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The law of unintended consequences applied to pharmacist services
Michelle Powell 1464

The law of unintended consequences applied to pharmacist services

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Association Perspective

Michael D. Hogue PharmD, FAPhA, FNAP, FFIP Executive vice president and CEO of APhA

Like many kids who grew up on a farm, I learned to drive a tractor and lawnmower  as soon as I could reach the pedals. One day as I was mowing the back yard, I looked up to see that the storm door glass was shattered in my grandma’s mobile home. I panicked, shut down the mower, ran to grandma’s house, and called out her name to see if she was okay. Thankfully, she was.

Unbeknownst to me, there had been a metal bar lying in the weeds where I was mowing. The mower had picked up the bar and slung it across the yard, through grandma’s door, landing on her dining room table and breaking a few items in its path. Grandma had been at the other end of the home and was safe.

I learned valuable lessons that day: Beware of what is hiding in the weeds. Check twice before you end up with unintended consequences. And don’t take shortcuts. I had taken a shortcut by mowing the clippings toward the house when I should have been oriented away from the house. This was a huge rookie mistake, and it could have cost me a lot more than it did.

We are faced with some pretty deep weeds right now in the profession. The problems in front of us are challenging. I don’t need to restate them here—you all know them as well as I do. Everyone wants solutions and wants them instantly. However, I am concerned that some of the solutions that are being proposed for the problems we face may have unintended consequences that haven’t been fully considered. We can’t plan for every eventuality, but we must think carefully about our actions and the consequences—both positive and negative—of those actions.

We’ve been fighting for pharmacists to be paid for their care services in the outpatient setting for decades. Recently some PBM companies have suggested that they can cover pharmacist services and manage these services as part of the pharmacy benefit. On the surface, it makes complete sense. Pharmacies don’t have full medical models of billing nor revenue cycle management implemented, so reverting to creation of false National Drug Code (NDC) numbers or use of billing codes which can be instantly adjudicated through the PBM for pharmacist services seems like the path of least resistance.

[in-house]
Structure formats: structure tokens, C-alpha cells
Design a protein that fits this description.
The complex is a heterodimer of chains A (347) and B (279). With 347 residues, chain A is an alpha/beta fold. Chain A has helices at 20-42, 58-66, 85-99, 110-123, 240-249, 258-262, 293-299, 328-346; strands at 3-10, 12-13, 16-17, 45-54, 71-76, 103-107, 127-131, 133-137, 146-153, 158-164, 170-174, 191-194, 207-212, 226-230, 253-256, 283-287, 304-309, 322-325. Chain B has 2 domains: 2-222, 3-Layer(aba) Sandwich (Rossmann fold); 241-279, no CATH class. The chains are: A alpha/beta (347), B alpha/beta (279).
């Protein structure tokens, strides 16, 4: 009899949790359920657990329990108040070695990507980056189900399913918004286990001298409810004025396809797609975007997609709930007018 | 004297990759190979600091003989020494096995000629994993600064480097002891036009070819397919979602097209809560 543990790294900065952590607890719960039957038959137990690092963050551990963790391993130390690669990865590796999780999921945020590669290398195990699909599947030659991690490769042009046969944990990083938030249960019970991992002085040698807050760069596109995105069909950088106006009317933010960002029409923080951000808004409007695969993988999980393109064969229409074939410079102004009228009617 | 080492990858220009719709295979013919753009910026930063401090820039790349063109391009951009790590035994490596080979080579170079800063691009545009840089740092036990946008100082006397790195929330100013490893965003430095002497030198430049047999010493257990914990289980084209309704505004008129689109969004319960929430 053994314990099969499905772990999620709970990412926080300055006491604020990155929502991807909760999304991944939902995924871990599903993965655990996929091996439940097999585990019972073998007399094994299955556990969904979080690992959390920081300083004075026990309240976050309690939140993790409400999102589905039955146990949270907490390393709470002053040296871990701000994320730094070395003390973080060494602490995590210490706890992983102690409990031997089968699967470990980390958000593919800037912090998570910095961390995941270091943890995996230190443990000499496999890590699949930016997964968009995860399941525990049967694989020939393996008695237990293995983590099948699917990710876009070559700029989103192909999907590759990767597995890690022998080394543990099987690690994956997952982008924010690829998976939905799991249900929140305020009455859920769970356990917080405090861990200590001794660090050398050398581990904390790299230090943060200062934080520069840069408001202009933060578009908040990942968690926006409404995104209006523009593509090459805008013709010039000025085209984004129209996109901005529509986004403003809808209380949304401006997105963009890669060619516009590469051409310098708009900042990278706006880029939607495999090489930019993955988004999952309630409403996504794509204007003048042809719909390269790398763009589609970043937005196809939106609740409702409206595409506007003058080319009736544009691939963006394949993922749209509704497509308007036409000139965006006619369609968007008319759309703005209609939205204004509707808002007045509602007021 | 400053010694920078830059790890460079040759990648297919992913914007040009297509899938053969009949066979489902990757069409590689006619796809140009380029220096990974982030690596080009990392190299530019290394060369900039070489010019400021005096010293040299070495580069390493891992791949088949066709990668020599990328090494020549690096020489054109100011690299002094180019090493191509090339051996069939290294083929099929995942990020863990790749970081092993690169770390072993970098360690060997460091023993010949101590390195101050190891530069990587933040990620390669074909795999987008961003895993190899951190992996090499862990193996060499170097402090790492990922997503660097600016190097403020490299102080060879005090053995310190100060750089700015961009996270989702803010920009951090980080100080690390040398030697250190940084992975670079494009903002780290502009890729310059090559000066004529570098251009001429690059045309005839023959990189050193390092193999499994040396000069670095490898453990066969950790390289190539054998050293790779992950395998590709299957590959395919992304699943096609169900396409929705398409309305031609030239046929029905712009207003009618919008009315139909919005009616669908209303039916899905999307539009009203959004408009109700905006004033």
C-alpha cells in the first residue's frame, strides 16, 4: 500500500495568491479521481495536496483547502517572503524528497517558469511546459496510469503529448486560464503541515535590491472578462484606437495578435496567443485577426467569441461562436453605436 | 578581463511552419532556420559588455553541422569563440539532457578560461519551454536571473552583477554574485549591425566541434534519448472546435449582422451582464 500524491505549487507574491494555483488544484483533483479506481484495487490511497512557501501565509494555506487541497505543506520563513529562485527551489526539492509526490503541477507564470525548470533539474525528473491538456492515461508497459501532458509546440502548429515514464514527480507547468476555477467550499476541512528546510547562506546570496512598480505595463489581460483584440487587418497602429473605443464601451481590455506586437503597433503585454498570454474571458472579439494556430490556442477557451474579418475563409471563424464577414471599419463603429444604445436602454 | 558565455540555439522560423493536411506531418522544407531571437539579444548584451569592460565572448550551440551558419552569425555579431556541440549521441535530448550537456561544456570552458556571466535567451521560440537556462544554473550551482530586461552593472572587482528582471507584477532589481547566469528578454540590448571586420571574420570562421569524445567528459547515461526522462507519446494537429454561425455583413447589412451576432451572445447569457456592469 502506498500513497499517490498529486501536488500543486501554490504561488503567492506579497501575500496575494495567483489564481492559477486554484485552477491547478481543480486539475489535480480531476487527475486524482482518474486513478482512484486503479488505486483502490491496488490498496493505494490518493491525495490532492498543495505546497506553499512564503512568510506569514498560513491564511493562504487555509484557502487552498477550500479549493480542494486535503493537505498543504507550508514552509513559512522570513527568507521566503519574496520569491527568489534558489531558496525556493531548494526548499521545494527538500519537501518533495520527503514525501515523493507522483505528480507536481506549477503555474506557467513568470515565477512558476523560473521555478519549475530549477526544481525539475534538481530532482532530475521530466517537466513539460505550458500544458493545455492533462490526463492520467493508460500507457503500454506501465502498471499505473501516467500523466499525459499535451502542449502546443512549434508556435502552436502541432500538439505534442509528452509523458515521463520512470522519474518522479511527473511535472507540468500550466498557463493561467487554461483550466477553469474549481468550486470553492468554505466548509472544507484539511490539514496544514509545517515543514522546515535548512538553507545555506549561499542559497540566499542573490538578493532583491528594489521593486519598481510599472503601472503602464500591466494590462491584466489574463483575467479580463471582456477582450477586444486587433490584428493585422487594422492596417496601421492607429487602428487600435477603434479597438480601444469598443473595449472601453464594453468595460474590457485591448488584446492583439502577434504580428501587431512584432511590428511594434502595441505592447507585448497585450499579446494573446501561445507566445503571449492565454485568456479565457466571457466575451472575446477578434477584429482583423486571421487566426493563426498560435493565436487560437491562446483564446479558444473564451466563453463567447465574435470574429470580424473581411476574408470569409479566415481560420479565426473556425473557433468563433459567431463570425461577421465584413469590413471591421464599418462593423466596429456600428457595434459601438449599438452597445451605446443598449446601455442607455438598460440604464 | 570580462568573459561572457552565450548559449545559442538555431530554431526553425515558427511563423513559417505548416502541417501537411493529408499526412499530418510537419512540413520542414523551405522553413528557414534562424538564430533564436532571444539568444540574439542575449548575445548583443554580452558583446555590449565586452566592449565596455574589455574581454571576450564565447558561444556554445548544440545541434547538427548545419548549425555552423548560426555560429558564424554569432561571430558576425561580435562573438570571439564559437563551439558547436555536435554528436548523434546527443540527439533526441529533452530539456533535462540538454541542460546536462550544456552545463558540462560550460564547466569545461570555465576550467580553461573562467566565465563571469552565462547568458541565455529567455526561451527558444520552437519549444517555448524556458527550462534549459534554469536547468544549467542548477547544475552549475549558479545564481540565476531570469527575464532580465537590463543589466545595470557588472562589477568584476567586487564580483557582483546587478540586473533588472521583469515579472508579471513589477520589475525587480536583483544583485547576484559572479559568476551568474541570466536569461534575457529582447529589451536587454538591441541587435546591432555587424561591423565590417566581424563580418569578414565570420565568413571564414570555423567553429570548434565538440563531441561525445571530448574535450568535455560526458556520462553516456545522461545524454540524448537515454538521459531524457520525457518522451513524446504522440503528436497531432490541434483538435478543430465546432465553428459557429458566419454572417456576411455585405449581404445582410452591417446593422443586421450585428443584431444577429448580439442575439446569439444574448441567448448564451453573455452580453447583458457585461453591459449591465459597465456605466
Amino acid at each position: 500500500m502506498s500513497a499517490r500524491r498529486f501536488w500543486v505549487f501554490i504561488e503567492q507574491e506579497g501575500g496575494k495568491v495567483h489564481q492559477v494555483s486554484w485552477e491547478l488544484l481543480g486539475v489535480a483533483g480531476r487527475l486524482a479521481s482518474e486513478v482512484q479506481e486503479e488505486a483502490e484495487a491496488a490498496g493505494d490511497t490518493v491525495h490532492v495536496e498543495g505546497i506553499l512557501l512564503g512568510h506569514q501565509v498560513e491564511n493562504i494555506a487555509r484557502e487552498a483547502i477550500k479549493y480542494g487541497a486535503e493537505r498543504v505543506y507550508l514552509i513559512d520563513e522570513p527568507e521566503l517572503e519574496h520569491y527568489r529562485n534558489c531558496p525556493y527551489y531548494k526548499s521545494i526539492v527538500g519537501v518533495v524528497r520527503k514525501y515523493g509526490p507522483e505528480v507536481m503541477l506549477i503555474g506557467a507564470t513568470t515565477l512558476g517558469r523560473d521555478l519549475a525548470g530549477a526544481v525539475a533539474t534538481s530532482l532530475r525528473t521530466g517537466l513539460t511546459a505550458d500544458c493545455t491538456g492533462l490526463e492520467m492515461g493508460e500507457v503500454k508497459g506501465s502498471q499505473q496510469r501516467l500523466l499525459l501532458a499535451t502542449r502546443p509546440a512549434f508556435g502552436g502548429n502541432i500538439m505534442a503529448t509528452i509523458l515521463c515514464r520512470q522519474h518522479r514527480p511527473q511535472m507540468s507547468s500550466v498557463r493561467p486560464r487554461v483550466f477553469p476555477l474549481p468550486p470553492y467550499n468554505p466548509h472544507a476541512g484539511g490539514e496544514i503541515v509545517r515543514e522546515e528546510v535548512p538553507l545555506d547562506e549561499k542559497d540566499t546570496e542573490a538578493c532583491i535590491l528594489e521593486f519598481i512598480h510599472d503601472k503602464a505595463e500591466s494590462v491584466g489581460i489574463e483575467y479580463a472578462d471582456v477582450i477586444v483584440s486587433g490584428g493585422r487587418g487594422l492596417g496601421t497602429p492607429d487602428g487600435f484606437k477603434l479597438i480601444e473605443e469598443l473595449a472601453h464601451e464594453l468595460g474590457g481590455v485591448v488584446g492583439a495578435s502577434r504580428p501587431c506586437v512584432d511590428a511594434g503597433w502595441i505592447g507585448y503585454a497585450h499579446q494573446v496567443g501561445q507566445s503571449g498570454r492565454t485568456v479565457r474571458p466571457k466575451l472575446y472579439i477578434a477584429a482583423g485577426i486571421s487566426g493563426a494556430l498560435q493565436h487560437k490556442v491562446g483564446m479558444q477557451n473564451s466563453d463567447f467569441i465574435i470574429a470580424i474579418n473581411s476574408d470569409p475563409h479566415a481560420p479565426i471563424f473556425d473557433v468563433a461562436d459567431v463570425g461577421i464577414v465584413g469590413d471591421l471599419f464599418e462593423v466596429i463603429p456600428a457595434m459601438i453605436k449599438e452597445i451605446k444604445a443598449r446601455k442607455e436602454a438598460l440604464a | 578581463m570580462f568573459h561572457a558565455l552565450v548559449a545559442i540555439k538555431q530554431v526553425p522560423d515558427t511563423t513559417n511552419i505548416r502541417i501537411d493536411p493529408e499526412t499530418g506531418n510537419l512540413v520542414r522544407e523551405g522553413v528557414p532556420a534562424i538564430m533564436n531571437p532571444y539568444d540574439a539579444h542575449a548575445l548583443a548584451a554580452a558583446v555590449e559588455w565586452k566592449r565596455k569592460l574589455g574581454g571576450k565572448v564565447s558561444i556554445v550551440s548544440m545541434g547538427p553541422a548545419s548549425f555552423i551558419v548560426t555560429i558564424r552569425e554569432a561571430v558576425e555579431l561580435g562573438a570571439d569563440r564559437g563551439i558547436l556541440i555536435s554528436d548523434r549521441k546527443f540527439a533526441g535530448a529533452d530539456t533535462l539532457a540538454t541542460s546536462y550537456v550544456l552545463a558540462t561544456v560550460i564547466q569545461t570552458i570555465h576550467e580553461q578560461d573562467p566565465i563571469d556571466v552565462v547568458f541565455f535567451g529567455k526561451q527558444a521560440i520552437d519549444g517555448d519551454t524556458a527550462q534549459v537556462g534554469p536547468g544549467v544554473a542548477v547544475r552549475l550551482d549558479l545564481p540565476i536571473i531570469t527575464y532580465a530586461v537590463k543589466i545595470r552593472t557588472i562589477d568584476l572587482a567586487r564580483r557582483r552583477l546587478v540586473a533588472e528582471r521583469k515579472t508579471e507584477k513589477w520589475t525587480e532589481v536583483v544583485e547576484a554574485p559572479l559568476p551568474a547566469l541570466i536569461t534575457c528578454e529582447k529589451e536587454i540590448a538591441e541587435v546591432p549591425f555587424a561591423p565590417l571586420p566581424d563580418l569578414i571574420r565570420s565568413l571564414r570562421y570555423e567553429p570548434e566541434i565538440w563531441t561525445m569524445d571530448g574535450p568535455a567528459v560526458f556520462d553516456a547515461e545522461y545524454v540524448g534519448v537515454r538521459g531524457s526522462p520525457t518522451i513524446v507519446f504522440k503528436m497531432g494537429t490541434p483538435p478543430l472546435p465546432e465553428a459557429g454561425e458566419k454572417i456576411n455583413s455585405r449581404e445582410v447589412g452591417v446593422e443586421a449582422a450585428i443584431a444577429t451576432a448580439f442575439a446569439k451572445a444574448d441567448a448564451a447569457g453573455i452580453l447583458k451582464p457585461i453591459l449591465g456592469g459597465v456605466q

On the plus side, this method costs very little for pharmacies with dispensing systems to implement. It also creates a more rapid revenue stream for services at a time when community pharmacies are cash constrained. This can also create advantages for pharmacies in knowing the patient’s coverage, copay, and deductible instantly—something our physician colleagues envy!

The negatives, however, are that pharmacists who provide outpatient services in environments not tied to dispensing would continue to have no path for billing—this includes some of the most rapid-growing segments of our profession in specialized care (e.g., oncology, psychiatric care, pain management) and medical clinic–embedded pharmacist practice. The biggest negative of all is that this model further carves out pharmacist providers from all other providers and treats our profession differently from others in the medical system.

Currently evidence suggests that this negative is real—take billing for the service of administering a vaccine. When pharmacists bill Medicare Part B for influenza or pneumococcal vaccine they get paid the same rate for administering the vaccine as all other providers. However, when pharmacists bill Medicare Part D for respiratory syncytial virus (RSV) or Tdap vaccine, many pharmacies get nothing at all for the service, or a small fraction of the fee other providers would be paid under major medical. Can you imagine the consequence of doing the same thing with more complex clinical services? The short- and long-term implications of this carve out could be as devastating to our profession as carving out drug benefits was in the 1970s and 1980s.

Payment for pharmacist services must happen through traditional medical models of billing. Yes, this means our profession will need to evolve in how we execute the business functions of pharmacy practice, particularly in the community pharmacy setting. Yes, it may mean financial investments to support those systems. Yes, it may mean delayed gratification. But it is the only way that pharmacists will be treated as equals, as providers, on the health care team. There are other pathways that can be complementary to a medical model of billing for care services, such as partnering with pharmaceutical companies to compensate pharmacists for ensuring clinical outcomes are reached with expensive prescribed therapies. Yet, there is no shortcut to pharmacist service payment.

Just like that metal rod lurking in the weeds of my backyard, let’s look first and avoid shattering the glass of future pharmacy professionals by settling for the easy way of paying for pharmacist services through PBMs. Let’s stick together as a profession and push for payment systems that treat pharmacists as equals to physicians, and partner for a sustainable future that avoids unintended consequences. Let’s all work together to more rapidly implement back-end infrastructure changes to support the revenue model.

For every pharmacist. For all of pharmacy. Won’t you join us? ■

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